Holy Spirit: In Hebrew, the Holy Spirit is feminine; in Greek the Holy Spirit is neuter; in Latin the Holy Spirit is masculine. Since the first English translations were made from Latin, by tradition we still call the Holy Spirit Him, not Her, which would have been the case had our early translations been made from Hebrew

Honey  in ancient Israel is assumed to be date honey, which is actually a syrup. Date honey, commonly available in the Middle East, is very good to use just as we frequently use bee honey in the US. Evidence abounds of date trees in ancient Israel, but there has been little evidence of bee honey. We know there were bees in ancient Israel because bee honey is mentioned in Jdg. 14:8 and 1 Sam. 14:25ff, and bees are mentioned in Ps. 118:12, but there has been no sign of a bee-keeping industry. Archeologists have found the first ancient apiary (domestic bee hives), in the Near East. It was in Rehov, a city of the Jordan Valley, about half way from the Dead Sea to the lake of Galilee, so there might have been such an industry. An indication that there was not a bee-keeping industry is the widespread use of olive oil lamps, not candles, which in Bible times were made with beeswax. In order to call Israel “The land of milk and honey,” referring to bee honey, there would have to have been a major bee-keeping industry, which may have been although there is little evidence. For the moment though honey is still considered to be date honey.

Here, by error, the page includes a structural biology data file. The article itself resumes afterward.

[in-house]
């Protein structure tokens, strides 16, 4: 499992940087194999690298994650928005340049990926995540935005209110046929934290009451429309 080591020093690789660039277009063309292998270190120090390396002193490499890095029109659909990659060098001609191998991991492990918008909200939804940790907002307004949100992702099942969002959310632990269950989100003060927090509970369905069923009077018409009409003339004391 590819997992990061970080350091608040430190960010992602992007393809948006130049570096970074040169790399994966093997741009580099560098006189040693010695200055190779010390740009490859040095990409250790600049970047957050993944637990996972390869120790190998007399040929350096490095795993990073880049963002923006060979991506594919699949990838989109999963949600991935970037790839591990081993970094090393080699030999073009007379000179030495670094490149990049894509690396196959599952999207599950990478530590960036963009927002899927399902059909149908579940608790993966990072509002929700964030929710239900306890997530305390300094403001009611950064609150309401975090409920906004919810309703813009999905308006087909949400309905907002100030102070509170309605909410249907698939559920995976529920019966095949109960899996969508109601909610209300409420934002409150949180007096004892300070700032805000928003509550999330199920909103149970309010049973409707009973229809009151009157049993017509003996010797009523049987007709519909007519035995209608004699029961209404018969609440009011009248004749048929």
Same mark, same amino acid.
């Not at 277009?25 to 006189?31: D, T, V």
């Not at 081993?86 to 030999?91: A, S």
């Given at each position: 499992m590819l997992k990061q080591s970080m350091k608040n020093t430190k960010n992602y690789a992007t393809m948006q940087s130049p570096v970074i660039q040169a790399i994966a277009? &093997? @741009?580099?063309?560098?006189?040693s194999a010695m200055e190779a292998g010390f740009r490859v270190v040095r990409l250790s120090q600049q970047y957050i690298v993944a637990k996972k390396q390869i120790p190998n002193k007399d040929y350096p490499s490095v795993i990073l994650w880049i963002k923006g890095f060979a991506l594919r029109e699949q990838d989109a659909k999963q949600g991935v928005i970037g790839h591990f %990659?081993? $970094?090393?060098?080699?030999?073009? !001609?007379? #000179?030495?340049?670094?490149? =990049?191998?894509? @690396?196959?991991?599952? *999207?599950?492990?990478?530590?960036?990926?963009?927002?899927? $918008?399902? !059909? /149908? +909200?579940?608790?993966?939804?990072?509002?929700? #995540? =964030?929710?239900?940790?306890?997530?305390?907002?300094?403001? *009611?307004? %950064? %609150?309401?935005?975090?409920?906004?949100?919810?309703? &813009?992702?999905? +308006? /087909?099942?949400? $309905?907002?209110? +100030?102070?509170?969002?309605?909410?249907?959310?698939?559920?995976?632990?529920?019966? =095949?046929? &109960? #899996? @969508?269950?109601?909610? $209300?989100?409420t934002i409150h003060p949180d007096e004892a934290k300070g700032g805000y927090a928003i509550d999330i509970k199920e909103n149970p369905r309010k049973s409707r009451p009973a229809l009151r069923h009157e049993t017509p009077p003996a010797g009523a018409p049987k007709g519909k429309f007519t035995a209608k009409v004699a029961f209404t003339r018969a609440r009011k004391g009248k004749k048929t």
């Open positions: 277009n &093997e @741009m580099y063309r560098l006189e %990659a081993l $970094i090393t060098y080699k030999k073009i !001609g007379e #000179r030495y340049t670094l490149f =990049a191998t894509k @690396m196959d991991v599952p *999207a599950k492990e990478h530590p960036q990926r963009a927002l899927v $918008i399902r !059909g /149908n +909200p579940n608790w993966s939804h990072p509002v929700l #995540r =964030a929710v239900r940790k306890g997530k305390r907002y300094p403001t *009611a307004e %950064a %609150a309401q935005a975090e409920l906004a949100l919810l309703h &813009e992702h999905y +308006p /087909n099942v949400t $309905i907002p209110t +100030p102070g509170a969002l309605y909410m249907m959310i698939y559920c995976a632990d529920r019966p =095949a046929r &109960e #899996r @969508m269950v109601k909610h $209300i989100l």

Hosanna is the English spelling of Hoshea-na, meaning Deliver Us Now! This comes from the same Hebrew root as Y’shua, the Hebrew name of Y’shua. The ending, “na,” is something we do not have a translation for in English, a demanding “NOW!” that is not rude or impertinent. It is properly translated “Please!” or “I pray you!” or “Behold!” The greeting and waving of palm fronds and branches were traditionally done on the sixth day of the Feast of Sukkot, welcoming the reigning Messiah to assume the throne in Jerusalem. All those shouting “Hoshea-na!” knew this and believed Y’shua was the Messiah Who had come to claim His throne, then and there. See Matt. 21:8,9, Mk. 11:8,9, Lk. 19:37,38, Jn. 12:12,13.